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Although there are many great travel experiences to be had in Iceland, the beach at Vik has to be one of the most underrated.
This is simply a magical spot. Driving east from Reykjavik, this is a turnoff just before the Ring Road winds around one last big hill to reach the small, charming town of Vik. From the Ring Road, you drive five minutes or so south toward the coast. There is a small parking lot there.
So much to see! The beach itself is fascinating: From the parking lot, it starts off of black volcanic sands, and then it turns into black and grey rocks--oval and round, often very smooth. Offshore, you can see the Reynisdrangar rock formations--spooky spindles of rock sticking out of the sea a short ways offshore. Supposedly these were formed when trolls attempted to drag three ships onshore.
On the beach, you have the remarkable basalt columns known as the "organ pipes" because that's what they look like. Although these columns are tempting to climb, particularly to get closer to the puffins during the summer months, they can be very slippery. In addition, climbing them disturbs the puffins from nesting. Icelanders have reported that people have died falling off these cliffs in an attempt to get near to the puffins.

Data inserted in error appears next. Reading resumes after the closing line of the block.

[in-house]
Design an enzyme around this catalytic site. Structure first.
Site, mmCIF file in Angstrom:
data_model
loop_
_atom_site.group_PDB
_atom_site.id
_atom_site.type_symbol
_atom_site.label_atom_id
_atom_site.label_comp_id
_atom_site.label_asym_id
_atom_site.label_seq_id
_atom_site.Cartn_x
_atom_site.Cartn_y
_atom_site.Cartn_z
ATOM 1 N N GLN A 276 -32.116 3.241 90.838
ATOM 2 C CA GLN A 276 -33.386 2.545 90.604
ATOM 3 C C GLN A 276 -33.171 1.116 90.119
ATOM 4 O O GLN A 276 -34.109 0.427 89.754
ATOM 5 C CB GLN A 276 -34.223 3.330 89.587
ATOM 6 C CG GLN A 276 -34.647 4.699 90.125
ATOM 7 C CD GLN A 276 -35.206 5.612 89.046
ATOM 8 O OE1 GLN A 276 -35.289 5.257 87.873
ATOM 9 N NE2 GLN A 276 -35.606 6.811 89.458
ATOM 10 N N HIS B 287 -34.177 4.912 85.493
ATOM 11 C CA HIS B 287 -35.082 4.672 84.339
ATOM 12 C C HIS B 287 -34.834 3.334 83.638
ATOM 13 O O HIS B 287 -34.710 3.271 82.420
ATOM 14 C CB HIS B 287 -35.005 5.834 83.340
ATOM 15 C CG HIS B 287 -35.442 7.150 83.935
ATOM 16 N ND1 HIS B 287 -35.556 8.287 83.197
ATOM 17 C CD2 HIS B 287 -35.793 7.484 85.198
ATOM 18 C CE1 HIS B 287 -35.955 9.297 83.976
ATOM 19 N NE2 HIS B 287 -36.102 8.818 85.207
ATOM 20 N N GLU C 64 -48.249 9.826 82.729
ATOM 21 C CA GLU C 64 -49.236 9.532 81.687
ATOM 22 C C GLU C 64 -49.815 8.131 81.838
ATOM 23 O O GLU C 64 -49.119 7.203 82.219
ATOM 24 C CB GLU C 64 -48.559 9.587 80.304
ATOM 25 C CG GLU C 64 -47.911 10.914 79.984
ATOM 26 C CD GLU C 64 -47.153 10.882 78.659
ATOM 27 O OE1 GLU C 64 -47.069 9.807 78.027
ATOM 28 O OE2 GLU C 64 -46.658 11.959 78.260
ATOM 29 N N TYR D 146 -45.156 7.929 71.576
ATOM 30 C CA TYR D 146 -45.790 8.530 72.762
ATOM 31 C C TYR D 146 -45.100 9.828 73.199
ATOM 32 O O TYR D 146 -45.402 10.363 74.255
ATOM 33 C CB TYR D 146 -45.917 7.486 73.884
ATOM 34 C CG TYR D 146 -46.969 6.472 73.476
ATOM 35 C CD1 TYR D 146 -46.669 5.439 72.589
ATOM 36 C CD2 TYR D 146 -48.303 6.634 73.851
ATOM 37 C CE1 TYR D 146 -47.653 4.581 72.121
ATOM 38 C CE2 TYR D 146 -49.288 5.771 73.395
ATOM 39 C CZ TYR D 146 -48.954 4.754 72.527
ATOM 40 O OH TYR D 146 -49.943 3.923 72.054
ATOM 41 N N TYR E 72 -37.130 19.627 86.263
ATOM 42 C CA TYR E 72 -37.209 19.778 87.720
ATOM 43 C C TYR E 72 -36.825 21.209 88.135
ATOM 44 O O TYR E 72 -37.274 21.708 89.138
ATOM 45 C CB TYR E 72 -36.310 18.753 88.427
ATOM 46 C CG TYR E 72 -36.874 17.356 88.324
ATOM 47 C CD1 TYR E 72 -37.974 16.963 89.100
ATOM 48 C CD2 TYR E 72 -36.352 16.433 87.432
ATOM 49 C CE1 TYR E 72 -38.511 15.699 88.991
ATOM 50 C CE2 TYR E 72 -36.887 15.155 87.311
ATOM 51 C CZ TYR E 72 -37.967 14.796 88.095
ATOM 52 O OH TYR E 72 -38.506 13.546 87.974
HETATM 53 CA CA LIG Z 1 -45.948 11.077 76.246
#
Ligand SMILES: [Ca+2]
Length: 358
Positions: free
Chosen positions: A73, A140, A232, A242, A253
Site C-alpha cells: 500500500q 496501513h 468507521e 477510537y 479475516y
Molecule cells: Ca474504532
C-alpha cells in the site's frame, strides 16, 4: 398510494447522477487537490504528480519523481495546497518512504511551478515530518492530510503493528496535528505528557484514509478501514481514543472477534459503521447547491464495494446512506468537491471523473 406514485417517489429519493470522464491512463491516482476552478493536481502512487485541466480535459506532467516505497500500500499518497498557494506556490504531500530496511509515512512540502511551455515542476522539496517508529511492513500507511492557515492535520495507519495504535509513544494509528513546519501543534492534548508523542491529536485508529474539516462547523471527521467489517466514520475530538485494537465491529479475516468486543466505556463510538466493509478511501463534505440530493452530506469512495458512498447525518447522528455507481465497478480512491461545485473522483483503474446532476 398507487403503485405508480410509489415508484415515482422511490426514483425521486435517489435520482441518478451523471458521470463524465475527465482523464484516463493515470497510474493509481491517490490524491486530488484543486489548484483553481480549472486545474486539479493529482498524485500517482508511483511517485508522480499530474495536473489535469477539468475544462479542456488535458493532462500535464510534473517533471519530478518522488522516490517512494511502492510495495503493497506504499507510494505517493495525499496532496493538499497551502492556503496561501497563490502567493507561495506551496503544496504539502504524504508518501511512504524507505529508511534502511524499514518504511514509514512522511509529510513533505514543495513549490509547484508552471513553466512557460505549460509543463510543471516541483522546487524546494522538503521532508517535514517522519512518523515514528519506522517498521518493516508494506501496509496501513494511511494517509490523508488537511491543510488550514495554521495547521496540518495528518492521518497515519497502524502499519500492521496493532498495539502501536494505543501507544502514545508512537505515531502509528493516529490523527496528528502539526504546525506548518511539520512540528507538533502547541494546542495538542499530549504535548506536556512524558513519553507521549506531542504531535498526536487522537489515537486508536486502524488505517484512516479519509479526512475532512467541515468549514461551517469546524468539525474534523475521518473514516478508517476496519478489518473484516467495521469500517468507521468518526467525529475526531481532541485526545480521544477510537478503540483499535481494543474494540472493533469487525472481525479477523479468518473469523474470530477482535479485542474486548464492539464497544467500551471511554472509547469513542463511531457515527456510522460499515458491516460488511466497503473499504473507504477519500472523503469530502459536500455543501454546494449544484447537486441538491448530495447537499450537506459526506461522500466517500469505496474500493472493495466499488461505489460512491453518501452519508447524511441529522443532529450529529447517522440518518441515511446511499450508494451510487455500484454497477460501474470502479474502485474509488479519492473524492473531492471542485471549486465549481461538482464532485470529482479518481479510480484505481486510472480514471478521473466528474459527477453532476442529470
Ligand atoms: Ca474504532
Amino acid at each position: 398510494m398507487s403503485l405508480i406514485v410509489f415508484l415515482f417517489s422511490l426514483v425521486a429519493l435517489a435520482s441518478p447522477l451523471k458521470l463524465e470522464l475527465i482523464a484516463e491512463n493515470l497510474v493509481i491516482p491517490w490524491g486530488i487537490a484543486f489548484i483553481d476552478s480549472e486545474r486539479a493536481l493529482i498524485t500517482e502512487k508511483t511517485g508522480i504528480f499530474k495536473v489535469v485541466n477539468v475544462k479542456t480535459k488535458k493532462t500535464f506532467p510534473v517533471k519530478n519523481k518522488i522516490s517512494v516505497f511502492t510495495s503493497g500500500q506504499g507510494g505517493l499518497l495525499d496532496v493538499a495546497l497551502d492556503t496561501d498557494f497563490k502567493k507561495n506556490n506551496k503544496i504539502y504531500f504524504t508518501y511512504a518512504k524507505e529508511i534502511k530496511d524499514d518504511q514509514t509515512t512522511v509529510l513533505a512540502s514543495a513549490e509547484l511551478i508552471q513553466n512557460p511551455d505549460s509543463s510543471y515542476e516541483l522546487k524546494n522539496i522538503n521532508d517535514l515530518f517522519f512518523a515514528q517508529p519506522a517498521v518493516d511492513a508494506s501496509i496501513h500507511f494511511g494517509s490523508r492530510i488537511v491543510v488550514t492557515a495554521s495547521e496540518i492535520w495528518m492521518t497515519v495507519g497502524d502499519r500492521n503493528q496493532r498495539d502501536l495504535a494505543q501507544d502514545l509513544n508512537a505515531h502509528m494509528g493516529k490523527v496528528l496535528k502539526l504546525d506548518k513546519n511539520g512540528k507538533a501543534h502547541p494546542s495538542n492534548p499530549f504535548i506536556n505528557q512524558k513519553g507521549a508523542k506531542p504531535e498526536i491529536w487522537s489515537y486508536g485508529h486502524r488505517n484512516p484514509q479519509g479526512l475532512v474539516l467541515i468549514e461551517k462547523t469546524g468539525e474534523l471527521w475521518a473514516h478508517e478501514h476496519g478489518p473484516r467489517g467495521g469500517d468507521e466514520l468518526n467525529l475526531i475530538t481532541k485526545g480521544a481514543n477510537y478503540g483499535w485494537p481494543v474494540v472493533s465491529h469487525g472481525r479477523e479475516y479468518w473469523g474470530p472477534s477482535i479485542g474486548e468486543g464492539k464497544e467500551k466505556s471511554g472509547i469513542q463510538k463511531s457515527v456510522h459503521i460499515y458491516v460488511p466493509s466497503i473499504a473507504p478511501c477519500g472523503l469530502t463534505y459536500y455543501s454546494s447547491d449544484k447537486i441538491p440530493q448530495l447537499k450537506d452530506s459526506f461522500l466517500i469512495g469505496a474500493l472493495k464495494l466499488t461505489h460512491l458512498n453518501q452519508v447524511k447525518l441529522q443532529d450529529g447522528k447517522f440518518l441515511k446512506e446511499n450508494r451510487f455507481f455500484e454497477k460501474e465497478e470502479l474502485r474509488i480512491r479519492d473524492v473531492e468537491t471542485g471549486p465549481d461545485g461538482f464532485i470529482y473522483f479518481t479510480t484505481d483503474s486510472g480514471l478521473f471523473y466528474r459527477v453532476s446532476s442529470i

Further round the cliff from the puffins is a spectacular basalt cave, which the advancing tide may cut you off from as waves crash on the shore with the Reynisdrangar offshore. To the west, you can see the natural rock arch of the Dyrholaey area. Above you (in the summer at least), puffins zoom in and out of thier burrows. No wonder Islands Magazine rated it the most beautiful non-tropical beach in the world.
This beach is a photographer's paradise and a great family destination to spend a good hour or so.